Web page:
This cross-sectional study was conducted among 188 healthy obese adults (96 males and 92 females) aged 20–50 years in Tabriz. A validated semi-quantitative food frequency questionnaire (FFQ) was used to record dietary intake and to estimate HEI-2015. Anthropometric parameters, blood pressure and biochemical measurements were evaluated according to standard protocols. Interrelationships among socio-demographic parameters and HEI with cardio-metabolic risk factors were analyzed using SEM.

Results

The results of SEM analysis revealed that HEI mediated the association between age and several cardio-metabolic risk factors including fat mass (FM), fat free mass (FFM), systolic blood pressure (SBP) and high-density lipoprotein (HDL) (p < 0.05). Moreover, adherence to Dietary Guidelines for Americans (DGA) appears to mediate association between gender and waist circumference (B = -9.78), SBP (B = -4.83), triglyceride (B = -13.01) and HDL (B = 4.31). HEI also mediated indirect negative effects of socioeconomic status on FM (B = -0.56), FFM (B = -0.25), SBP (B = -0.55) and diastolic blood pressure (DBP) (B = -0.3). Additionally, depression and age had indirect unfavorable effects on some insulin resistance indices such as homeostasis model assessment of insulin resistance (B = 0.07; p<0.05, for age) and quantitative insulin sensitivity check index (p<0.05, for age and depression) via HEI. High adherence to HEI was found to be inversely associated with MetS risk (p<0.05).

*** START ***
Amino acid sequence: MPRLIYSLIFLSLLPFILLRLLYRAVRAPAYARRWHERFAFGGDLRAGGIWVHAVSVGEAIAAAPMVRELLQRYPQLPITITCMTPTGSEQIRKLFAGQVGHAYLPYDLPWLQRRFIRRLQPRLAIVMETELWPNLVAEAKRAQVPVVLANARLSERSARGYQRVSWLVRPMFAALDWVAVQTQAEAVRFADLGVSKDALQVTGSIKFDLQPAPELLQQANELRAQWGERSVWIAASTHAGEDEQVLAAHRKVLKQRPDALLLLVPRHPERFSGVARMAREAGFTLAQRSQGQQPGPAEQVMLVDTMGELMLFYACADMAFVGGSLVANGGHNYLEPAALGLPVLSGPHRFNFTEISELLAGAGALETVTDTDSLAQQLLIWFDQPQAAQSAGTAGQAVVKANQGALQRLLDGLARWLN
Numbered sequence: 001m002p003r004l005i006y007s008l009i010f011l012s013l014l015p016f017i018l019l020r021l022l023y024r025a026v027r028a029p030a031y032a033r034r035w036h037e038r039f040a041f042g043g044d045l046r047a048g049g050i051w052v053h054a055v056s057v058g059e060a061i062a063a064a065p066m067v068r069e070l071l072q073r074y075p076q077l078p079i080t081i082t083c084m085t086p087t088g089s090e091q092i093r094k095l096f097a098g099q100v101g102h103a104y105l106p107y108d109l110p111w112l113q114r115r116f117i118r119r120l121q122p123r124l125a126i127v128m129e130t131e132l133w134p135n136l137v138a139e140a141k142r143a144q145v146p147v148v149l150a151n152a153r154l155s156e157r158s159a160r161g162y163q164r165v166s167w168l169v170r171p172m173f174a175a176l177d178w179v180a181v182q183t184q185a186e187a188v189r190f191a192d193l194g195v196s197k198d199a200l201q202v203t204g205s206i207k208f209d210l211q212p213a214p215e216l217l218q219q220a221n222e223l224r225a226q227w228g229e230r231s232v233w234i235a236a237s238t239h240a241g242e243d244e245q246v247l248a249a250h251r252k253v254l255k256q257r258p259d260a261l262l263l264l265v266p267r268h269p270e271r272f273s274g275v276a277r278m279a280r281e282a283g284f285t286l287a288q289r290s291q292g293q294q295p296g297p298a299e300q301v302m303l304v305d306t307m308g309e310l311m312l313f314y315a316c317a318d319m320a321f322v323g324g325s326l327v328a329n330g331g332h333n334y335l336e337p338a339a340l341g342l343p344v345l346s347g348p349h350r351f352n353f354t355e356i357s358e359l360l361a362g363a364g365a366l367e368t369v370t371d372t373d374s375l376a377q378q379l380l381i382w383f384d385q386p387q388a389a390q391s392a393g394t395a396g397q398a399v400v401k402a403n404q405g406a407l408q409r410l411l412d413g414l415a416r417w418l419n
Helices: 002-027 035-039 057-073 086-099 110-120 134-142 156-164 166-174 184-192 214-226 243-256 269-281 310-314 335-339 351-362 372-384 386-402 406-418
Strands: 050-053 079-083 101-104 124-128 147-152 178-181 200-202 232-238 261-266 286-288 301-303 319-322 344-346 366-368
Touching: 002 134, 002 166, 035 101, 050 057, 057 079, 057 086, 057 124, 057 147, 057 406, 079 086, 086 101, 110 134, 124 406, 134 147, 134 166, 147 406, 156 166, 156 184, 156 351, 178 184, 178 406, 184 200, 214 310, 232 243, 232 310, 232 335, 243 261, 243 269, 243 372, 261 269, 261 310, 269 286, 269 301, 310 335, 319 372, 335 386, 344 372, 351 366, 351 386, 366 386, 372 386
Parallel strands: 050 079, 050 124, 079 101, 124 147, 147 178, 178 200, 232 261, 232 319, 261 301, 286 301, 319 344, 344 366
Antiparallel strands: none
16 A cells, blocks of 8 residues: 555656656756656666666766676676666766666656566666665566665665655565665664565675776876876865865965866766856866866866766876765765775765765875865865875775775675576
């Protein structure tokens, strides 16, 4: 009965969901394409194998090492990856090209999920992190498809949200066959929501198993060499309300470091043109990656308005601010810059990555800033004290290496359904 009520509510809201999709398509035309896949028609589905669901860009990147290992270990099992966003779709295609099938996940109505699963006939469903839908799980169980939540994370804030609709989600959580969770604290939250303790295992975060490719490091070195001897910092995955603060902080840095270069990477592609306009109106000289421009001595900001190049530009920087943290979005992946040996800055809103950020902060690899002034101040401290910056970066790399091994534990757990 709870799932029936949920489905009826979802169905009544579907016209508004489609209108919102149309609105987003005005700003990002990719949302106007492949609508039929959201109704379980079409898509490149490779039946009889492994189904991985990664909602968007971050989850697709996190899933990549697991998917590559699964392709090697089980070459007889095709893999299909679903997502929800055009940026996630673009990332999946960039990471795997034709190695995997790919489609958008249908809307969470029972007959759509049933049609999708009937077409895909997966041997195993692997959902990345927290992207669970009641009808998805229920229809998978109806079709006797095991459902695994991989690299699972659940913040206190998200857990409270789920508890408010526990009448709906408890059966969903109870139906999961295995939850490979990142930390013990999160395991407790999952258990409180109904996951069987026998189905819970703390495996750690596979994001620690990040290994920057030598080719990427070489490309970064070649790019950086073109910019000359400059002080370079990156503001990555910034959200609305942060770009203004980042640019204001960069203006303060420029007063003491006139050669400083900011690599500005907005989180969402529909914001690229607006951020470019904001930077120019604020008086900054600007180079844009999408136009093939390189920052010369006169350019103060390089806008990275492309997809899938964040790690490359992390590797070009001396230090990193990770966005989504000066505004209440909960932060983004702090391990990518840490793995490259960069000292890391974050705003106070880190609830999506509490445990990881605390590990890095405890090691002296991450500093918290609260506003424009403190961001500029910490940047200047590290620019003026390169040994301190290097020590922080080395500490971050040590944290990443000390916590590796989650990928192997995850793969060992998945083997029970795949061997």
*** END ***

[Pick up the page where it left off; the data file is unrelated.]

Conclusion

Adherence to HEI-2015 seems to mediate the effect of socio-demographic parameters and mental health on cardio-metabolic risk factors as well as MetS risk. Further studies are needed to confirm these findings.

Introduction